Jesus Used Political Language

Is there anything, for example, more dexterous than the manner in which he treated the subject of the woman taken in adultery? (St. John, c. viii.) The Jews having asked if they should stone this unfortunate, instead of replying definitely, yes or no, by which he would fall in the trap set by his enemies: the negative being directly against the law, and the affirmative proving him severe and cruel, which would have alienated the saints. Instead of replying as any ordinary person but him would have done, he said, "whoever is without sin, let him cast the first stone," a skillful response, which shows us his presence of mind.

Another time being asked if it was lawful to [By this Norman reply he eluded the question. A Norman never says yes, or no. Blason populaire de la Normandie.] Pay tribute to Caesar, and seeing the image of the Prince on the coin that they showed him, he evades the difficulty by replying that they should "render unto Caesar what belongs to Caesar, and unto God what belongs to God." The difficulty consisted in that he would be guilty of lese majeste if he had said it was not permitted, and by saying that it was, he would reverse the law of Moses which he always protested he would not do, because he felt that he was either too weak, or that he would be worsted in the endeavor. So he made himself more popular, by acting with impunity after the manner of Princes, who allowed the privileges of their subjects to be confirmed while their power was not well established, but who scorned their promises when they were well enthroned.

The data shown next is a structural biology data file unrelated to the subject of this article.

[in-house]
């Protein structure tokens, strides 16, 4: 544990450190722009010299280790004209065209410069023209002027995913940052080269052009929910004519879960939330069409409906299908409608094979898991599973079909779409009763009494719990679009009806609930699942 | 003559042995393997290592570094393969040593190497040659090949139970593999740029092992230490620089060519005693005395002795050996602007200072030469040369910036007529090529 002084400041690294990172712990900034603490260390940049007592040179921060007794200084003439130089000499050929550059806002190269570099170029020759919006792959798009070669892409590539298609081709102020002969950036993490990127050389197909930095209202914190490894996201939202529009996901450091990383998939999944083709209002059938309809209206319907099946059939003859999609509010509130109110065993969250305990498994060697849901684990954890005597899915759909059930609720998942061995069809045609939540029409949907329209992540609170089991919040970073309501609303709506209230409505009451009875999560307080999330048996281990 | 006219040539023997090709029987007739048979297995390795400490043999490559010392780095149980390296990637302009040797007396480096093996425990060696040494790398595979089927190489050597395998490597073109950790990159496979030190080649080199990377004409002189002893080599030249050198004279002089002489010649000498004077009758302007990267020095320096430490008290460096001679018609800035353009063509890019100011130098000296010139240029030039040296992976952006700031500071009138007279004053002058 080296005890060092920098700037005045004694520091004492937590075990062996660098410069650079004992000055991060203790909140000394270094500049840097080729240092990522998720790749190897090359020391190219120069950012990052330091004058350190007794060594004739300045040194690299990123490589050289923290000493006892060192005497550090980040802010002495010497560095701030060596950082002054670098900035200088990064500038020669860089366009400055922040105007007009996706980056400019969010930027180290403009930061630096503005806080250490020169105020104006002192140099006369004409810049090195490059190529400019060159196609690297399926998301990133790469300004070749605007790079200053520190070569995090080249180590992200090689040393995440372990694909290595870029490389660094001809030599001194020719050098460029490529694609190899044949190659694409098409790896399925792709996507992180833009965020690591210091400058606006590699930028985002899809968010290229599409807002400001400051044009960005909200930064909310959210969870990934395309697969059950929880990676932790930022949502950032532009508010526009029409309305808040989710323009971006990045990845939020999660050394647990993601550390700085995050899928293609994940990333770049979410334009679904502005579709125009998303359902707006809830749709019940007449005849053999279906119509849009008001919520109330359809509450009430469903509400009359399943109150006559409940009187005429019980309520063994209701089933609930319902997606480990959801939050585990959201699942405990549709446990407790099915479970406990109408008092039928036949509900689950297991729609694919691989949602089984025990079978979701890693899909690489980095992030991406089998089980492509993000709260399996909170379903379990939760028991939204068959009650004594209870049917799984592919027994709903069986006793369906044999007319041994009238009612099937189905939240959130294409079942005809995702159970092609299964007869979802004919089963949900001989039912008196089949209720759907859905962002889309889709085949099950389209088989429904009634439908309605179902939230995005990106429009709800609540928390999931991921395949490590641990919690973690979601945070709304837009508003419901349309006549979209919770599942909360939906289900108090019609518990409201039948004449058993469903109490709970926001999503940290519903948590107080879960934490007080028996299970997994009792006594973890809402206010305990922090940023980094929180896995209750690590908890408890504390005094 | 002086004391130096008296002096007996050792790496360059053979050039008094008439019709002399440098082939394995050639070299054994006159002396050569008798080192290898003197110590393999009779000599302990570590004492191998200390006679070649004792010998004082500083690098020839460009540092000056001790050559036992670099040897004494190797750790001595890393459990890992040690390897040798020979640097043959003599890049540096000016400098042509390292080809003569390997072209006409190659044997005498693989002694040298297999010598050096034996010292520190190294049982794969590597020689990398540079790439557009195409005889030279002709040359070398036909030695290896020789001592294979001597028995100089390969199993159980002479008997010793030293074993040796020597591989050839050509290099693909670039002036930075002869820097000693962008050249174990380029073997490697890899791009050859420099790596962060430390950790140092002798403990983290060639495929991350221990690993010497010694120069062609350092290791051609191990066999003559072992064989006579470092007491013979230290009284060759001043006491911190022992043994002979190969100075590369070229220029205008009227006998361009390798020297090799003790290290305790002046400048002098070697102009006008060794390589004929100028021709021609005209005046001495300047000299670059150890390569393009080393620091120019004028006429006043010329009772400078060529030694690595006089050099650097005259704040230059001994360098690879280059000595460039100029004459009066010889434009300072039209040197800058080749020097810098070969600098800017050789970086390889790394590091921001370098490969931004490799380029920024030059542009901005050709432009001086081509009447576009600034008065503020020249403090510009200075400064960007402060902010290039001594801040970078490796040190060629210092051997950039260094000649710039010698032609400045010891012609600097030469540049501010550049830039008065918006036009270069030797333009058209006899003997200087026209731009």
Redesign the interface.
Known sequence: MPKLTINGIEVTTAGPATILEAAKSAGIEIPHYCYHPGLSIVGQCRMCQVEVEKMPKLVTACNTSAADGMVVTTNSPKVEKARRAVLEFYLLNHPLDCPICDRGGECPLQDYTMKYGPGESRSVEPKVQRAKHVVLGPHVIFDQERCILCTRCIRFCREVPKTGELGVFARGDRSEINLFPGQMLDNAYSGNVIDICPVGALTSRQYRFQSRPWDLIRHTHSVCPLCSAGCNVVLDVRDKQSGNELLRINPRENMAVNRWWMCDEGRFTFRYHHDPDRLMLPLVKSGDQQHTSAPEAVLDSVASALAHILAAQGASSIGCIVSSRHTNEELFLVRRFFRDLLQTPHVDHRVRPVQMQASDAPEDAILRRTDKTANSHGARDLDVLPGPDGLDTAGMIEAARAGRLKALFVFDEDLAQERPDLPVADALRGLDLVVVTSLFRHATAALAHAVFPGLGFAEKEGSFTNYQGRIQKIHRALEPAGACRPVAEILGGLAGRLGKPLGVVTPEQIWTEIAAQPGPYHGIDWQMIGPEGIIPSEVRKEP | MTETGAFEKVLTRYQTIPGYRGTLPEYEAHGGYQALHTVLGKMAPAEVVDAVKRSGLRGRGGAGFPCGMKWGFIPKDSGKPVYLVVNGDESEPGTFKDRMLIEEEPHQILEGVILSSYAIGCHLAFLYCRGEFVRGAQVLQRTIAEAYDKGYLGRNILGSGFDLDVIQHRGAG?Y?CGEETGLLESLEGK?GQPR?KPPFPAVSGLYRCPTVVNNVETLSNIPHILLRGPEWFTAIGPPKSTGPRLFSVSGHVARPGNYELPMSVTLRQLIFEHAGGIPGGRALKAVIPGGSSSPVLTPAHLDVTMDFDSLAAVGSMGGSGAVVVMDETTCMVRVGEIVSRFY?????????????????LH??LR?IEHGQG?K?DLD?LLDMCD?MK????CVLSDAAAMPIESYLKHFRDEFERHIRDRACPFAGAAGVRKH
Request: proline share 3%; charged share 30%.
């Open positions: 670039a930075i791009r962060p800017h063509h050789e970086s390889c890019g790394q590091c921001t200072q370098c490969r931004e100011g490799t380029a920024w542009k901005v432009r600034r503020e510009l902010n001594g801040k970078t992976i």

He avoided controversy by speaking in parables and not answering directly, just as politicians do today.

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 The Treatise of the Three Impostors
Books, Brochures, and Chapters>Book:  Anderson , Abraham and Anonymous, (1997-02), The Treatise of the Three Impostors, Rowman & Littlefield Publishers, Inc., Retrieved on 2011-06-17
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